After arriving in Monterey I met up with Chris Tenney, local butterfly researcher. One rainy Saturday we were talking and decided a new blog should be launched for our Northern California Lepidopterists. He helped me launch Northern & Central California Lepidopterists also a wordpress.com site. We are in the beginning stages of adding this summer’s counts, recent sightings and adding bloggers. Subscribe, share the link and contact me if you would like to contribute.
Life definately took a few left turns in the past few months or even close to year. I’m here in Monterey County. Still feeling a bit out of my element in a new location, even though I’ve lived here before. Looking through all the photos with Jeff at MPG Ranch last August, brings me back and makes me smile.
After a 10 hour drive to Florence just outside of Missoula I arrive to the amazing place that is MPG Ranch. It is a bit smoky from fires in the Bitterroot Valley, but that makes the sunset all the more dramatic.
With 3 houses on the property, I stayed with Jeff and a few others at the well appointed Top House. It has huge windows and the best views. The basement holds seed stock for habitat restoration, brewing the house hard cider and room for visiting researchers. We are adjacent to the garden growing fresh vegetables ripe for help yourself pick-and-cook. I knew right away, this is my kind of place.
Wild deer graze in view of the Top House.
Leave the porch light on for moths.
Below the house Alfalfa grows and the wild horses graze in the field scattered with sulfur and white butterflies.
We go out after dark to look for critters including Porwill birds. They fly quickly and burrow into the roads and logs, they blend in so look carefully. Reminds me of camping when my uncles would take us out hunting for Snipes. “Umm, Jeff, are these things imaginary?” They are as real as they come and as elusive as they sound. We did find some along with a herd of Elk, Great Horned Owl and a friendly Garter snake. The snake taming might be better left to Jeff.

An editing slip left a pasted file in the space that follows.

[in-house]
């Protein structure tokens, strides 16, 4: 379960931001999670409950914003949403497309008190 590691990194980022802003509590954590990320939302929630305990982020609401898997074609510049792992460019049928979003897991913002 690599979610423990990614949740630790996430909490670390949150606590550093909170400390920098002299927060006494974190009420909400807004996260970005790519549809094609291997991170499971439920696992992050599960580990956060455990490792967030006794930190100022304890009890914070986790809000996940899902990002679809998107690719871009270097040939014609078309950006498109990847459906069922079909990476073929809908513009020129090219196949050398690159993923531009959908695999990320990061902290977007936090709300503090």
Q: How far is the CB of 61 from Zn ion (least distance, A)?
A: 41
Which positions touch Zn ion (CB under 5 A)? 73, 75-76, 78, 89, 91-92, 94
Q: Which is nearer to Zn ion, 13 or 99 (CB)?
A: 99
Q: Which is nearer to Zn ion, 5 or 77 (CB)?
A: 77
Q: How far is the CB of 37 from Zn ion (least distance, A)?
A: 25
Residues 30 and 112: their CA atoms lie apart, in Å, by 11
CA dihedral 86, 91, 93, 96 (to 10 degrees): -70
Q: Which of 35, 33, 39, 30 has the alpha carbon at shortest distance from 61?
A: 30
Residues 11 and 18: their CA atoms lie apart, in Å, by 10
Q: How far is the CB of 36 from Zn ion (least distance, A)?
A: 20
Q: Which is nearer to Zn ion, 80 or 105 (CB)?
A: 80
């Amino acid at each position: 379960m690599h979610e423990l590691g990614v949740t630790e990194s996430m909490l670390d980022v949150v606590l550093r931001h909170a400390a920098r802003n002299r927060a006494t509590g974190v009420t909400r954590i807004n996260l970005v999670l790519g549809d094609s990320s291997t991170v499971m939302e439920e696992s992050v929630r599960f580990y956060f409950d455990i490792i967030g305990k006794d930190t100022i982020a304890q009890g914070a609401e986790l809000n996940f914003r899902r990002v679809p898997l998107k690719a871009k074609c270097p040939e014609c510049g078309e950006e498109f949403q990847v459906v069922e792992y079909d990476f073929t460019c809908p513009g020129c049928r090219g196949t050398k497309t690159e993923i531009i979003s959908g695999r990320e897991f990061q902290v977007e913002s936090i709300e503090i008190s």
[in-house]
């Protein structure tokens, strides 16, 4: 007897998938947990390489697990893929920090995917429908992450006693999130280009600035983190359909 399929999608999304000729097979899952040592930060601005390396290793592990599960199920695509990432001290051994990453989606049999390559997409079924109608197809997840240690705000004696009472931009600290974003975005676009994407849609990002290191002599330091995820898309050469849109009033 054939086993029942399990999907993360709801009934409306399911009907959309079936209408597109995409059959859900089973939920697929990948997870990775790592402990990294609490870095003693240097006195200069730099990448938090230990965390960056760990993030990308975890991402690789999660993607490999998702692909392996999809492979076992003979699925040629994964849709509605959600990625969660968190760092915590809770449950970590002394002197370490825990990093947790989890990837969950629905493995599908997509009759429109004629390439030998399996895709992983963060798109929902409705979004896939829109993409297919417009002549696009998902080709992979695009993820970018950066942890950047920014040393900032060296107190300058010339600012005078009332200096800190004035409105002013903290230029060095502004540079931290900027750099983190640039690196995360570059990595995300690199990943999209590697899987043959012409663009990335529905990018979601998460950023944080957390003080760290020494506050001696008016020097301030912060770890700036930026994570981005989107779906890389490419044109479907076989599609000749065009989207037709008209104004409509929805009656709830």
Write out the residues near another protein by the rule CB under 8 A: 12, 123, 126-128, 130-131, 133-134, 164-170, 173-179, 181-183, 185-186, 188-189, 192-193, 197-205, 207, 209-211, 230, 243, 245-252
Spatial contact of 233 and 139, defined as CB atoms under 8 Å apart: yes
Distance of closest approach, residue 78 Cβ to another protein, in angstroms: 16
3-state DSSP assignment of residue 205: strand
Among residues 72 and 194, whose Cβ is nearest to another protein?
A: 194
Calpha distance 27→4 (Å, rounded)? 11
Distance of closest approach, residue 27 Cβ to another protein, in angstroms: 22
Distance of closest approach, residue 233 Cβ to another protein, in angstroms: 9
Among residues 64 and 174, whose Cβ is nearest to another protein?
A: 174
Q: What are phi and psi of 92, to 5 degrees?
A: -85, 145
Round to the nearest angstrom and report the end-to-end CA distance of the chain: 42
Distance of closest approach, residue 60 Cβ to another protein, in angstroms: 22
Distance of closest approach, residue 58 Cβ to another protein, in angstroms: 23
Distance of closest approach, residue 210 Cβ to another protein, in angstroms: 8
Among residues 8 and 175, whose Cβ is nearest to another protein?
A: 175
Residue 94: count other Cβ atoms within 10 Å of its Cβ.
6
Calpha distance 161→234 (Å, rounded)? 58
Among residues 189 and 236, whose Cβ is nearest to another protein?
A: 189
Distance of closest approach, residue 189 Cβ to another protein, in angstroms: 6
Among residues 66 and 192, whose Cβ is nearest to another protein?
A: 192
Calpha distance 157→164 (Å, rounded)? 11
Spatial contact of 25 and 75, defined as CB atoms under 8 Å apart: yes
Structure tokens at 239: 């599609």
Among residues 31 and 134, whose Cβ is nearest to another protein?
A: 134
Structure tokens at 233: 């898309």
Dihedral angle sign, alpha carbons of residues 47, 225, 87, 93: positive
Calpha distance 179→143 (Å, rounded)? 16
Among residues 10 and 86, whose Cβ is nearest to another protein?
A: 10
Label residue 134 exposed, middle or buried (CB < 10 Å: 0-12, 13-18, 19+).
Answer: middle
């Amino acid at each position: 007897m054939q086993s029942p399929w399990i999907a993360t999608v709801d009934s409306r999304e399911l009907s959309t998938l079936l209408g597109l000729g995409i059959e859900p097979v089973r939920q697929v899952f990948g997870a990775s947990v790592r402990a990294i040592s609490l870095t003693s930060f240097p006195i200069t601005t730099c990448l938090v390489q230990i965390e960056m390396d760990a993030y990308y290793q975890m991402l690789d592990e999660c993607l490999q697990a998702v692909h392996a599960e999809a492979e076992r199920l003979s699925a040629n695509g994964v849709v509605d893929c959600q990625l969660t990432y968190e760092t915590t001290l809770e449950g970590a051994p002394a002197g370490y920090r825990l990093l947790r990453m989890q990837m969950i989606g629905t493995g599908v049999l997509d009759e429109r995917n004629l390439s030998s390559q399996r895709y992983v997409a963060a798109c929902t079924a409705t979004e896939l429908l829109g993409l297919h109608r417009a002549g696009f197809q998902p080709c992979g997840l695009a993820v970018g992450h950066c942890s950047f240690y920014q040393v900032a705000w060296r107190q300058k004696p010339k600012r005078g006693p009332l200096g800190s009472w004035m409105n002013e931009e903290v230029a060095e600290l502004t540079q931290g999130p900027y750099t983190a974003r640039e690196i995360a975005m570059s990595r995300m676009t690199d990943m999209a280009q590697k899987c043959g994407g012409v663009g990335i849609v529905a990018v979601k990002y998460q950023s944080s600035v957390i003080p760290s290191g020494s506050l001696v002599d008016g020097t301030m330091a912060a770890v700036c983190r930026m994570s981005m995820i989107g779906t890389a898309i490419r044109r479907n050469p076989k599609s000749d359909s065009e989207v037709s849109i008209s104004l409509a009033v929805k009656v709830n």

Searching the habitat along the stream for Blues and Coppers.
Bald Eagle’s Nest at the stream.
Now Jeff is determined to make a birder out of me, so I spent some of our meals browsing the Audubon guide to North American Birds. I will admit I notice more birds now and can identify more of them too.
Taking off: A Mountain Bluebird and a shy brown bird (I didn’t learn everything in 3 days!)
Jeff arranged for us to take a river float in Missoula with some of the MPG workers, guests and dogs came too.
He was very dizzy and lightheaded here , but we made it down the chilly river. Have more beer Jeff!
If there are butterflies, we will and did find them. Northern Crescent at the launch spot.
Exploring Mount Baldy in the morning. We found amazing birds, a Wood Nymph and possibly the evolutionary origins of pack ratting. Makes me wonder why it isn’t called “pack birding”.
Traversing Willows at the marsh, mostly for birds. I decided to take a look for Viceroy caterpillars and we discovered a Tiger Moth Wooly Bear, beetle and toad.
Exploring trails for Lorquin’s Admirals, fritillaries, skippers and Meadowhawks. We brought a Lorquin and female Great Spangled Fritillary back for some photos.
Turning logs for salamanders.
As we reviewed my plans for leaving Jeff tells me he’s going to the smaller facility, MPG North and I can learn transect surveys. Might be good to know and besides, I’m not nearly finished here. Plans changed – done.
Have you ever seen a Lepidopterist run like that Chasing Butterflies? Nevermind, shouldn’t have asked.
What an incredible few days. I really can’t thank Jeff enough for the experiences. This trip made my 2015 complete. In fact I’m so glad I put off writing this so I could relive the adventure. Here is to your next great season at MPG, Jeff.
Most photos by me Sara, all others Jeff Pippen.